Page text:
When I started developing the theory of aesthetic sustainability and the aesthetic strategy, my initial assumption was that the most durable expression is easy to decode and appears balanced and in proportion to its message. This kind of expression contains a certain degree of ‘neutrality’ and minimalism. ‘Neutrality’ here is understood as referring to harmonious objects that may appear in many different contexts and appeal to a broad range of tastes; they comprise a kind of expressive or common universality. Furthermore, that aesthetic sustainability is joined to expressions producing a form of pleasure that is founded on the expectation that basic rules regarding symmetry, harmonious colour schemes, and design materials are maintained. This angle on durability is linked to the beautiful aesthetic experience. Inspired by the division between the beautiful and the sublime aesthetic experience, I was—and still am—also fascinated by an opposite, yet related, question: can a sustainable expression be so complex and challenging that it demands a sustained interest in exploring it (for an extended period of time)? Is the most aesthetically sustainable object a thing of such elevated complexity that the user is immediately (and time and time again) challenged and forced to consider its provenance in relation to the surrounding world? Perhaps the pleasure of sustainable objects lies in their ability to disrupt the user’s comfort zone since colour schemes bleed and asymmetrical shapes confront our powers of perception and conception when combined with the use of unexpected materials. Understood in this way, sustainable artefacts possess a multifunctional dimension, in either a practical or aesthetic sense, that enhances their aesthetic flexibility. This perspective is related to the sublime aesthetic experience.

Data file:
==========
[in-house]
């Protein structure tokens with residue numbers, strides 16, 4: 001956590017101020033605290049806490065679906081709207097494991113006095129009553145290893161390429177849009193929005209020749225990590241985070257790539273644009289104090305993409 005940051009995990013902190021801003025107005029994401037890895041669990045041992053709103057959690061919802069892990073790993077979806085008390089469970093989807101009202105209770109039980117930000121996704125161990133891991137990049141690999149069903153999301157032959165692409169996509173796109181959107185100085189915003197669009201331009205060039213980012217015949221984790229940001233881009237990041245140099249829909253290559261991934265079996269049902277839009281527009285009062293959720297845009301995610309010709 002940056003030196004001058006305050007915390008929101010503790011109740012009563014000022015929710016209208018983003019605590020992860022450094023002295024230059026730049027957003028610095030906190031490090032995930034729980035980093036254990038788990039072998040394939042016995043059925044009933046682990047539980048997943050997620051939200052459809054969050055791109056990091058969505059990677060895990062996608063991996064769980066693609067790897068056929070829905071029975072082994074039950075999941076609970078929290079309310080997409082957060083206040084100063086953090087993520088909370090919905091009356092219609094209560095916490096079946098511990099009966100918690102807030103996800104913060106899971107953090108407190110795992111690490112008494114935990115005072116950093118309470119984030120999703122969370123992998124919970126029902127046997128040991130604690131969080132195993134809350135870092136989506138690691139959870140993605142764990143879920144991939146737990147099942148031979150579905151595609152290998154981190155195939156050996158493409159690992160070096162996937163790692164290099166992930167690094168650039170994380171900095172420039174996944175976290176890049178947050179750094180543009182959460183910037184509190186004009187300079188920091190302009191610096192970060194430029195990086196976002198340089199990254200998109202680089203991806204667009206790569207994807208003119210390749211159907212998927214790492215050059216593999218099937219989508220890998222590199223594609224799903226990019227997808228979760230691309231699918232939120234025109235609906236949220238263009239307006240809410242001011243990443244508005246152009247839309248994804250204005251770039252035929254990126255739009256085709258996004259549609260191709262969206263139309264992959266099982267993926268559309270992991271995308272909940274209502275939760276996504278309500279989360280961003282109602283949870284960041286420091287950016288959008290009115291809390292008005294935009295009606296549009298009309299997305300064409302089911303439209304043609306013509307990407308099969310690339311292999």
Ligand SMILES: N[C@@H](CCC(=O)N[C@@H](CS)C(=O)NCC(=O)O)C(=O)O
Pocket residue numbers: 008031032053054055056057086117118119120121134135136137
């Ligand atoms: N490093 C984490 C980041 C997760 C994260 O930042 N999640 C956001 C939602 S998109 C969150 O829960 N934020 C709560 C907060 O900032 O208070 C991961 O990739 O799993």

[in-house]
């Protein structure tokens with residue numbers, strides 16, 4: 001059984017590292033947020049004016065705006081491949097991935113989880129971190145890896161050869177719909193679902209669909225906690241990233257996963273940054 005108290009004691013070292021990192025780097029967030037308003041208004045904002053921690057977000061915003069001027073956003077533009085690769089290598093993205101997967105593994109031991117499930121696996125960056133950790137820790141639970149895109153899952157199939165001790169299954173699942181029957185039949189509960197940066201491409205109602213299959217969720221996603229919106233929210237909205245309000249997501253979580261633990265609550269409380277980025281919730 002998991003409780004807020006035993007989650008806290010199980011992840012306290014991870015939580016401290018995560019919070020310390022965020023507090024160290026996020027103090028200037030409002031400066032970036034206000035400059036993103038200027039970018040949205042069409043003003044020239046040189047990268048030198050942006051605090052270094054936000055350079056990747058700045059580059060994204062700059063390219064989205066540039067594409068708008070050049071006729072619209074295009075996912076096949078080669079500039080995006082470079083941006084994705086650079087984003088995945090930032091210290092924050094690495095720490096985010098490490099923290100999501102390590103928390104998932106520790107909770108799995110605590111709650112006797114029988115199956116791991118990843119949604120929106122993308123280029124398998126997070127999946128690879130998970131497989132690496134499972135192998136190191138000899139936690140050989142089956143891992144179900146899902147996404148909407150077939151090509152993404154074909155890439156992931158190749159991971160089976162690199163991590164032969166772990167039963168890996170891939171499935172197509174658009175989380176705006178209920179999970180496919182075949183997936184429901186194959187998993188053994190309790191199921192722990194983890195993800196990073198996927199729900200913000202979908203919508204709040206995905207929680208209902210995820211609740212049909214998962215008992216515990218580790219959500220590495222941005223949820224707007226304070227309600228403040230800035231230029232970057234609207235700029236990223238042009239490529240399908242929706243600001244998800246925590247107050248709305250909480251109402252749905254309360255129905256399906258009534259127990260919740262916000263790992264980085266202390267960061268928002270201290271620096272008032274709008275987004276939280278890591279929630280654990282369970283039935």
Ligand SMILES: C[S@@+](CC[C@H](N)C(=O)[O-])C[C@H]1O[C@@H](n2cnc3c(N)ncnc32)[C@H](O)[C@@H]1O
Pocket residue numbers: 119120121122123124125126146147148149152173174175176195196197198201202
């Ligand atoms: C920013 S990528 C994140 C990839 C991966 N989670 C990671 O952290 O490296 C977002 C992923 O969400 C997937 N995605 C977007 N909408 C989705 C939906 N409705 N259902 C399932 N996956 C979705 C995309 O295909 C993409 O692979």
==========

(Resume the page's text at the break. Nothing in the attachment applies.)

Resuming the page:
It is important to note that neither approach cancels out the other. The point is rather that each form a different overall strategy for analysing and working with aesthetic sustainability. I usually view them as the yin-yang of sustainable aesthetics. I have named the first approach ‘the Pleasure of the Familiar’ and the second as ‘the Pleasure of the Unfamiliar’.
Regarding the universality of the aesthetic experience (that I touched upon in the beginning of this section, and on which I elaborate thoroughly on in Aesthetic Sustainability, Product Design and Sustainable Usage), I draw, among others, on the perception theory by German philosopher and psychologist of perception Rudolf Arnheim (1904-2007). Arnheim considers a natural function of sight to actively select and categorize: for example, oval shapes are spontaneously and immediately categorized as variations on circles. In the effort to order and understand our surroundings, the human sense organs will naturally seek out forms that are easy to recognize and label. In Art and Visual Perception, Arnheim lays out a number of concrete principles for spontaneous universal human visual experiences. For example, it may be that “an unbalanced composition looks accidental, transitory, and therefore invalid” (Arnheim 20), and consequently, designers seeking to satisfy the spontaneous universal human pleasure derived from balanced expressions should work toward creating well-balanced pieces. The human senses search for balance and harmony and will thus be ‘repelled’ or confused by unbalanced pieces.